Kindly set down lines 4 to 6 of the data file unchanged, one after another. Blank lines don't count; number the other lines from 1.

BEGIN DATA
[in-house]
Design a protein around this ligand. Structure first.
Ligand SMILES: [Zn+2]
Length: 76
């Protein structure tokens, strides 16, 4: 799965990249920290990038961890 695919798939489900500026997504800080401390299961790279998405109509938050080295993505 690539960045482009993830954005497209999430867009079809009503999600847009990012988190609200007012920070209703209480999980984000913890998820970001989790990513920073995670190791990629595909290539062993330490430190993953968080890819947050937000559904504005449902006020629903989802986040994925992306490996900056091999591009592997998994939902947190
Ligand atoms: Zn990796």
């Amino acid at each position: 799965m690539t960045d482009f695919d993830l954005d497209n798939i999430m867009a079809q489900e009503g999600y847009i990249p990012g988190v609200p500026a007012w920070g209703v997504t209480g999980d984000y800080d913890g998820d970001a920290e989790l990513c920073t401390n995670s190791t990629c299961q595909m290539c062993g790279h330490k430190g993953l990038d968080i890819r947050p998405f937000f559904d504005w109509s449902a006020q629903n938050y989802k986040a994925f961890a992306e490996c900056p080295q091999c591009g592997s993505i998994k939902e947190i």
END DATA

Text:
Length: 76
């Protein structure tokens, strides 16, 4: 799965990249920290990038961890 695919798939489900500026997504800080401390299961790279998405109509938050080295993505 690539960045482009993830954005497209999430867009079809009503999600847009990012988190609200007012920070209703209480999980984000913890998820970001989790990513920073995670190791990629595909290539062993330490430190993953968080890819947050937000559904504005449902006020629903989802986040994925992306490996900056091999591009592997998994939902947190
Ligand atoms: Zn990796």